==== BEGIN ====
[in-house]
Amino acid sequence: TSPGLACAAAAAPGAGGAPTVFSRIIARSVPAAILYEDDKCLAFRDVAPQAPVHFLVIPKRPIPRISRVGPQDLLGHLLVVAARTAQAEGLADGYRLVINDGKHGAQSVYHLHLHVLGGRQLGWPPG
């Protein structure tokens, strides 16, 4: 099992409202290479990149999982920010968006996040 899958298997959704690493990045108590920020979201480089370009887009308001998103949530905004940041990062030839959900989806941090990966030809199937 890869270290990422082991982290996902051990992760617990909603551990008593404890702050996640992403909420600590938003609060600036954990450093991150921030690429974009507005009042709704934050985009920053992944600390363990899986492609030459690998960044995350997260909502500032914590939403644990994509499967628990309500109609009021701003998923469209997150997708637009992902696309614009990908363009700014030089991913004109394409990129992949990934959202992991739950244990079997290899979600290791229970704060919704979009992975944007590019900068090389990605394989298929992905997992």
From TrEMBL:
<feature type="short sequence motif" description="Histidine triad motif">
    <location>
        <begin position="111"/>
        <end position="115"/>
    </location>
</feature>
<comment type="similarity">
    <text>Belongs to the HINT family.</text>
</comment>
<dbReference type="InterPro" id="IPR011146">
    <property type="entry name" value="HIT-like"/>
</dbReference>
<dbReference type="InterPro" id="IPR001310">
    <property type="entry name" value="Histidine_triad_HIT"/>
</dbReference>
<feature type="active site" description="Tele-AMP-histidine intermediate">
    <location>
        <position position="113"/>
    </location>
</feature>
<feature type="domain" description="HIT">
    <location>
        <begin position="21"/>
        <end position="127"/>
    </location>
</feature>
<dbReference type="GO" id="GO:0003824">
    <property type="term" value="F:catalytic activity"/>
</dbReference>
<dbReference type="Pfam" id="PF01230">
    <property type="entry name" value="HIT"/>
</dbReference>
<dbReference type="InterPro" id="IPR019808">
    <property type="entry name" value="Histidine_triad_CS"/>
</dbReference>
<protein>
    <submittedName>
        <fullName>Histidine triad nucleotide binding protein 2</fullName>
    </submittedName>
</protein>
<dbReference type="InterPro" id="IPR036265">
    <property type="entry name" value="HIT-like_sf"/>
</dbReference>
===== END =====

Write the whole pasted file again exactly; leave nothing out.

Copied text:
[in-house]
Amino acid sequence: TSPGLACAAAAAPGAGGAPTVFSRIIARSVPAAILYEDDKCLAFRDVAPQAPVHFLVIPKRPIPRISRVGPQDLLGHLLVVAARTAQAEGLADGYRLVINDGKHGAQSVYHLHLHVLGGRQLGWPPG
């Protein structure tokens, strides 16, 4: 099992409202290479990149999982920010968006996040 899958298997959704690493990045108590920020979201480089370009887009308001998103949530905004940041990062030839959900989806941090990966030809199937 890869270290990422082991982290996902051990992760617990909603551990008593404890702050996640992403909420600590938003609060600036954990450093991150921030690429974009507005009042709704934050985009920053992944600390363990899986492609030459690998960044995350997260909502500032914590939403644990994509499967628990309500109609009021701003998923469209997150997708637009992902696309614009990908363009700014030089991913004109394409990129992949990934959202992991739950244990079997290899979600290791229970704060919704979009992975944007590019900068090389990605394989298929992905997992």
From TrEMBL:
<feature type="short sequence motif" description="Histidine triad motif">
    <location>
        <begin position="111"/>
        <end position="115"/>
    </location>
</feature>
<comment type="similarity">
    <text>Belongs to the HINT family.</text>
</comment>
<dbReference type="InterPro" id="IPR011146">
    <property type="entry name" value="HIT-like"/>
</dbReference>
<dbReference type="InterPro" id="IPR001310">
    <property type="entry name" value="Histidine_triad_HIT"/>
</dbReference>
<feature type="active site" description="Tele-AMP-histidine intermediate">
    <location>
        <position position="113"/>
    </location>
</feature>
<feature type="domain" description="HIT">
    <location>
        <begin position="21"/>
        <end position="127"/>
    </location>
</feature>
<dbReference type="GO" id="GO:0003824">
    <property type="term" value="F:catalytic activity"/>
</dbReference>
<dbReference type="Pfam" id="PF01230">
    <property type="entry name" value="HIT"/>
</dbReference>
<dbReference type="InterPro" id="IPR019808">
    <property type="entry name" value="Histidine_triad_CS"/>
</dbReference>
<protein>
    <submittedName>
        <fullName>Histidine triad nucleotide binding protein 2</fullName>
    </submittedName>
</protein>
<dbReference type="InterPro" id="IPR036265">
    <property type="entry name" value="HIT-like_sf"/>
</dbReference>